"Partially. I know that there have been a few surrenders, especially among the lower castes in the Covenant juggernaut and in small groups of usually no more than five," Kingsley answered. "I heard somewhere the ones who were not killed anyway by Marines were taken to secure military facilities, interrogated and thrown in the stockade. That's all I know."
      "All you know?" Dr. Halsey asked.
      "Well, other than a few rumors about some of the prisoners being used in biological weapons experiments," the General said.
      "Actually, if you took the time to dig a little deeper you would find that those rumors are quite true."
      "Is that what you wanted to talk to me about?"
      "No, it's not. I wanted to talk to you about defectors. Not just prisoners of war, Othello, but Covenant foot soldiers that are actually willing to change uniforms and finish the rest of this war under the colors of the UNSC. Fighting alongside our own human Marines," Dr. Halsey explained slowly.
      Kingsley was silent for a moment. He scratched his moustache again and rested a hand on the pommel of his saber, a purely absent-minded and non-threatening gesture. He furrowed his bushy brows and frowned. "I suppose it's possible. After all, the Covenant treat their own men like shit."
      "That they do," Dr. Halsey said, ignoring the not-often heard example of frontline language Kingsley had displayed. "And yes, it's entirely possible. In fact, we have a substantial number of Grunts, a few Jackals and at least one Elite who have actually begged for the chance to serve with us."
      After a short pause: "Now, don't kid with me Catherine."
      "I would never consider it—especially with such a subject," Dr. Halsey said. She pulled open a desk drawer and removed a file folder, marked "classified". She handed it over to Kingsley, who took them curiously. "I think that you'll find these quite interesting, to say the least."
      Kingsley licked his thumb and opened the file. The first picture in the collection was one of around one thousand Covenant Grunts, all unarmed and with circular tags about their necks, signifying them as prisoners of war. Of course, they were unarmed, and behind each stood an MP with a stun baton. He flipped over to the next photo.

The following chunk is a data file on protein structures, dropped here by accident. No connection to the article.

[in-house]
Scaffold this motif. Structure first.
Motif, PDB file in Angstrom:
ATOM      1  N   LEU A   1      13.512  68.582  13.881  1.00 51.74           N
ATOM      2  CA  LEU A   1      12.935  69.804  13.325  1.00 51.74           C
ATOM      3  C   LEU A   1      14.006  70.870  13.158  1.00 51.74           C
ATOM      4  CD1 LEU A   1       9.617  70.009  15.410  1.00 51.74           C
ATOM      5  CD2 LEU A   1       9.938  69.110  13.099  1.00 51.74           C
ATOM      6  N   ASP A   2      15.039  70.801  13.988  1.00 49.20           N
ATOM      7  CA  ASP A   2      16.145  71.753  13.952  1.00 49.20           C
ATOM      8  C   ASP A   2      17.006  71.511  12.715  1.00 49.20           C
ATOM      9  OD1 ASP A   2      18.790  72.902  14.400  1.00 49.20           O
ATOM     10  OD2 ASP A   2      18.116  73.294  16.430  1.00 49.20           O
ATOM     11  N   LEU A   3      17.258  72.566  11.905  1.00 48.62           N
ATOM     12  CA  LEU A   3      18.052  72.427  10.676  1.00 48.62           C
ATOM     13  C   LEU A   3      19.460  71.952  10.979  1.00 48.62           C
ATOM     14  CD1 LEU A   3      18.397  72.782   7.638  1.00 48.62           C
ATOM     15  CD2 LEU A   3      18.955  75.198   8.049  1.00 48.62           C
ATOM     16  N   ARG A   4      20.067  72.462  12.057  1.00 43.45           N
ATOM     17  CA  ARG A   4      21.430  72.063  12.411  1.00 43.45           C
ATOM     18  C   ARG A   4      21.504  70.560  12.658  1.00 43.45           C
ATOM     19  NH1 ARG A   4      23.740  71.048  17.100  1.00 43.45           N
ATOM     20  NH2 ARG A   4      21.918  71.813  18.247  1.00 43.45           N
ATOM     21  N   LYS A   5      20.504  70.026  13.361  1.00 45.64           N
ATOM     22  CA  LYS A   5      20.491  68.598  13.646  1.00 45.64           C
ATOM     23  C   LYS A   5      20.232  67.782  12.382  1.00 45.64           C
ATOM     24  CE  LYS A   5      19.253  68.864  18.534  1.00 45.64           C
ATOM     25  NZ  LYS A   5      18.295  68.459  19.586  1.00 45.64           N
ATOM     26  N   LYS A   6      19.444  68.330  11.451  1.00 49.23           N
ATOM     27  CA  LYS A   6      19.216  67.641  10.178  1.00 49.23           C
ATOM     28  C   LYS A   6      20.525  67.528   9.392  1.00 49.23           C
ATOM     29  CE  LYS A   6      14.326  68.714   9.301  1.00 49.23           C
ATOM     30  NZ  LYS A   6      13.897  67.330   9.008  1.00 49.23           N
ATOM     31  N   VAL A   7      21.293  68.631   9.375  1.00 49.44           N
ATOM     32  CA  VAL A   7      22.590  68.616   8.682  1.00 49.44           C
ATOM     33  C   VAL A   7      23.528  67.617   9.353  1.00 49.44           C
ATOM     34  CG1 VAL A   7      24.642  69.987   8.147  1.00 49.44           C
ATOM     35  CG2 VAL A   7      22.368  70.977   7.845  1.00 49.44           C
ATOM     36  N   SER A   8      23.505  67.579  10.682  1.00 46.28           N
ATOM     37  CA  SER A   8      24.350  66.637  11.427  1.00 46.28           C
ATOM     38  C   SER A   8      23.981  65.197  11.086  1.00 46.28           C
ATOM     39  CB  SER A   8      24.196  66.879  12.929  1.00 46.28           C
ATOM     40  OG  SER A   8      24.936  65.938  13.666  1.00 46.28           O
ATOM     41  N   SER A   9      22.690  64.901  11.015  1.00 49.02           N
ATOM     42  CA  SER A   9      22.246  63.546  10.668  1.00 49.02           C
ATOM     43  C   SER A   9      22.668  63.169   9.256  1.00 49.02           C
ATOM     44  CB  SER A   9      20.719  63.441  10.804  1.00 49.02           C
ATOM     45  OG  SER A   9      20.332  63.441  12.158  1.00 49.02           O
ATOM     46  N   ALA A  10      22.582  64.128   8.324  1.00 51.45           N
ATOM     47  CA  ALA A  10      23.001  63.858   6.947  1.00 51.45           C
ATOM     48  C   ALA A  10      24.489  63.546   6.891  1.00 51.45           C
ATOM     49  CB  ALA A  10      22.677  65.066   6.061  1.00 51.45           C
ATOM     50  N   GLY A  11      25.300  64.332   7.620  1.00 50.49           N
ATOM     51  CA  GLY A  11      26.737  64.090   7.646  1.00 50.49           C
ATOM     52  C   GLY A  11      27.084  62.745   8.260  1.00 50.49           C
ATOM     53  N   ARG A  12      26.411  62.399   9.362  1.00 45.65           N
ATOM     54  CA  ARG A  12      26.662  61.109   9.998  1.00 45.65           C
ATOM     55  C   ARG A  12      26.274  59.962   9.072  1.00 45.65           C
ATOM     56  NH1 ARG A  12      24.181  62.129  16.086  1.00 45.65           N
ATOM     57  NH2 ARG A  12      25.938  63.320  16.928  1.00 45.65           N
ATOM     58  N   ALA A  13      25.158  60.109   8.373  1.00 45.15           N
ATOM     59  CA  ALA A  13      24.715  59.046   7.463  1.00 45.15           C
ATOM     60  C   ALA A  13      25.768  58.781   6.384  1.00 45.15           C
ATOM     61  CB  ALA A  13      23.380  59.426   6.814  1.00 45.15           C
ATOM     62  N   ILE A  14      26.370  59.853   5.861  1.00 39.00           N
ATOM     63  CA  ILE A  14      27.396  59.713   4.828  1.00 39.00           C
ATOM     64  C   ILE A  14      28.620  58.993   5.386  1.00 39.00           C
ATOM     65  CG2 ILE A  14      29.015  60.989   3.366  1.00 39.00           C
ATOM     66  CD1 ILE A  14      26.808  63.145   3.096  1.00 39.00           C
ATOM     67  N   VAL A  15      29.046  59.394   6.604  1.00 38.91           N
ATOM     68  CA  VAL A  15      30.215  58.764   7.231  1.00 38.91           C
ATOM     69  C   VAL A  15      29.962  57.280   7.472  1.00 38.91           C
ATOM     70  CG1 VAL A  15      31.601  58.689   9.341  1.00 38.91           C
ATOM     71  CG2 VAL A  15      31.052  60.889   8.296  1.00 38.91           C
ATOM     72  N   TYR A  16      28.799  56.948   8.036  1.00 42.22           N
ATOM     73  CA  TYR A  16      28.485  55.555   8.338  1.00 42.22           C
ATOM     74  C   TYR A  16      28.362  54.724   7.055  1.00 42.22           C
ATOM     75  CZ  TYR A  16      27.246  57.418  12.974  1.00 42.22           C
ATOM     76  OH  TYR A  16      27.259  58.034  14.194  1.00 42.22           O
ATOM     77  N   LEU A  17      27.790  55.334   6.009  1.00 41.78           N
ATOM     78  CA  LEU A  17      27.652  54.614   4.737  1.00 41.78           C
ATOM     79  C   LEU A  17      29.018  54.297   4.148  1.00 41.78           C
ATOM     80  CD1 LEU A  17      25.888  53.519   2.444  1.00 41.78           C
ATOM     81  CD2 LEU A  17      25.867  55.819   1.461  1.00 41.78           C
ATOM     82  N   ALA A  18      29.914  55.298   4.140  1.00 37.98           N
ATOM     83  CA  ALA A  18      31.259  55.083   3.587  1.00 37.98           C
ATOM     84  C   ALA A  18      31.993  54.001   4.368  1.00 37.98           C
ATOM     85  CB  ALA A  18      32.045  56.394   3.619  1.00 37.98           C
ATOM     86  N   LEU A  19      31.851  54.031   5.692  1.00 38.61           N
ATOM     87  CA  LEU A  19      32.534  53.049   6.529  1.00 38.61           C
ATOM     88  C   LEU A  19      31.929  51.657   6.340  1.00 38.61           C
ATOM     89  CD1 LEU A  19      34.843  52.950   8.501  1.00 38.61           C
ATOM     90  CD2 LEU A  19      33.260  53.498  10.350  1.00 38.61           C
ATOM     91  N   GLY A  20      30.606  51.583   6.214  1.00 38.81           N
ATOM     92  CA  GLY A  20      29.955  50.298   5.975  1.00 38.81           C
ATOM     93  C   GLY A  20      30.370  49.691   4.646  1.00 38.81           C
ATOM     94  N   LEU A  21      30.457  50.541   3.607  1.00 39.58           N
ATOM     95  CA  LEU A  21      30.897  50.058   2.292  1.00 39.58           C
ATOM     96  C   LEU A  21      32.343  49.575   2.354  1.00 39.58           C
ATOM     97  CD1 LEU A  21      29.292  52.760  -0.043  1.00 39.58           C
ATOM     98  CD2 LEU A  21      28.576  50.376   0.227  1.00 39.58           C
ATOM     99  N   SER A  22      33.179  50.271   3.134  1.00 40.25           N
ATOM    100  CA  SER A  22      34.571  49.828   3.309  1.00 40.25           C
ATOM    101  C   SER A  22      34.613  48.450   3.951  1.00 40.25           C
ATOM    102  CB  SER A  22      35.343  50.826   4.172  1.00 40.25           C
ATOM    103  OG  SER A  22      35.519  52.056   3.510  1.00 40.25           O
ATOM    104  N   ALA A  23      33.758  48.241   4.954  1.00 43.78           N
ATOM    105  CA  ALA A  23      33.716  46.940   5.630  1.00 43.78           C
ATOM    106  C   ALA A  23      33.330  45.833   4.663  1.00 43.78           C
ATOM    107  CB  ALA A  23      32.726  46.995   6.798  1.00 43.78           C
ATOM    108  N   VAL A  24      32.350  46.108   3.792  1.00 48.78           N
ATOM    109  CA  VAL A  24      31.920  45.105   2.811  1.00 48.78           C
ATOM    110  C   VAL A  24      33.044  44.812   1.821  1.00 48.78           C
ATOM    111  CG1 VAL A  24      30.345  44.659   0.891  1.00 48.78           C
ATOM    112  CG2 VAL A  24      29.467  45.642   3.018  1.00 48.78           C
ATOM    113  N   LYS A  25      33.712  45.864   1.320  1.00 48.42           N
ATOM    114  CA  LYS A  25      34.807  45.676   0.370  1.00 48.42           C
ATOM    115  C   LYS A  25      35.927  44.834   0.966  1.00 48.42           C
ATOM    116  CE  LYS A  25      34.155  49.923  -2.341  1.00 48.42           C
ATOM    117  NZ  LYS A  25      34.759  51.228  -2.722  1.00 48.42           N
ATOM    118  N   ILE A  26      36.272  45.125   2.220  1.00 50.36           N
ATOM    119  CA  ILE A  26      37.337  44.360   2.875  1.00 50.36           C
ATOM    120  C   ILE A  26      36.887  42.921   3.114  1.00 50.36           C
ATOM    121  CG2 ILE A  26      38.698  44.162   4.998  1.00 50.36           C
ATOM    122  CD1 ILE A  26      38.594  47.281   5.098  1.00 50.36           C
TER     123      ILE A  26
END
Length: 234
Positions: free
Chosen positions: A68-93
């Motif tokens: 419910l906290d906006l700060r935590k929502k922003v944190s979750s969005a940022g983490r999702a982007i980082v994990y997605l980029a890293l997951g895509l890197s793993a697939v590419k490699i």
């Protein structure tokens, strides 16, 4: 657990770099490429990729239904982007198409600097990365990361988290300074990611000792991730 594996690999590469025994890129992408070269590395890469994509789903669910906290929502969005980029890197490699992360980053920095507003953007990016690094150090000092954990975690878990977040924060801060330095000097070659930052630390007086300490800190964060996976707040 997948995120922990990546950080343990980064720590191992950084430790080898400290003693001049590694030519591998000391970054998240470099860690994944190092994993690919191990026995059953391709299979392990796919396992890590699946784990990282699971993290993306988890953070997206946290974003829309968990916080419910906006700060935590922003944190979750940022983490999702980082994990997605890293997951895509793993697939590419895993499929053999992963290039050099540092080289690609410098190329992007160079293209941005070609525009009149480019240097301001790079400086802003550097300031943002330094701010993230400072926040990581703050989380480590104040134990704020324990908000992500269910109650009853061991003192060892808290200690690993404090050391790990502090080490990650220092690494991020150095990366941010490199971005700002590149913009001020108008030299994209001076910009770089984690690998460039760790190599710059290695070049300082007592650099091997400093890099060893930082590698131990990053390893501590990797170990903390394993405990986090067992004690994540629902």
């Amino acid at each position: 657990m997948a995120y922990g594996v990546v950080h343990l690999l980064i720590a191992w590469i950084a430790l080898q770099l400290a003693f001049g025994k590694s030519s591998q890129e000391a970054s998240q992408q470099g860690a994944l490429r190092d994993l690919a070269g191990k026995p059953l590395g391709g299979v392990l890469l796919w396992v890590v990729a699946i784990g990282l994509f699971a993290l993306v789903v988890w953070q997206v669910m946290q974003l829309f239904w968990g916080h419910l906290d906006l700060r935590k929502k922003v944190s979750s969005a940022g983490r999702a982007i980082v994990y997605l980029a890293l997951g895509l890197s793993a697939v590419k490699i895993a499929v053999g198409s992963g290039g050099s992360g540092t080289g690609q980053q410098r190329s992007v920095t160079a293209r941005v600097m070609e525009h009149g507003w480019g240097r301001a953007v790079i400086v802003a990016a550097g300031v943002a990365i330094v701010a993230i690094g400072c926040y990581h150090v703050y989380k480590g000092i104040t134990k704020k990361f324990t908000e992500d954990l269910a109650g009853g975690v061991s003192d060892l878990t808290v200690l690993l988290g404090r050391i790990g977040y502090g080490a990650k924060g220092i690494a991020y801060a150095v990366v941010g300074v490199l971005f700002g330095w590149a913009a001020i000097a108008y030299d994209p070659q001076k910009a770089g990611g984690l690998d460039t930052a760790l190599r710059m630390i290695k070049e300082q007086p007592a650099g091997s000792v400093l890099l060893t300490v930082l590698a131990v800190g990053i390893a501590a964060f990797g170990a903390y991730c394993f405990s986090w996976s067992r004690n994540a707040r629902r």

The same thousand Grunts, now joined by twenty Jackals. There were a significantly smaller number of MPs present, and the Grunts seemed to be doing some sort of exercise. The equivalent of jumping jacks to them, he supposed. An exact imitation of the human activity would be impossible due to their short-legged and stocky frames. Their POW tags bounced in rhythm with their movements as they propelled themselves into the air and went down again. Kingsley was slightly afraid when he realized that these were military exercises...
      The following picture was of the thousand Grunts, the score of Jackals and a single elite engaging holograms of Covenant forces in battle. The defectors, still bearing their POW tags, were armed with training weapons that emitted a targeting laser whose signal deactivated Covenant holograms when they struck them. A caption at the bottom of the photo said that the Covenant's brainwaves were monitored during the activity, and upon spotting the Covenant holograms they subconsciously recognized them as enemies. Kingsley grew steadily more worried about what was going on...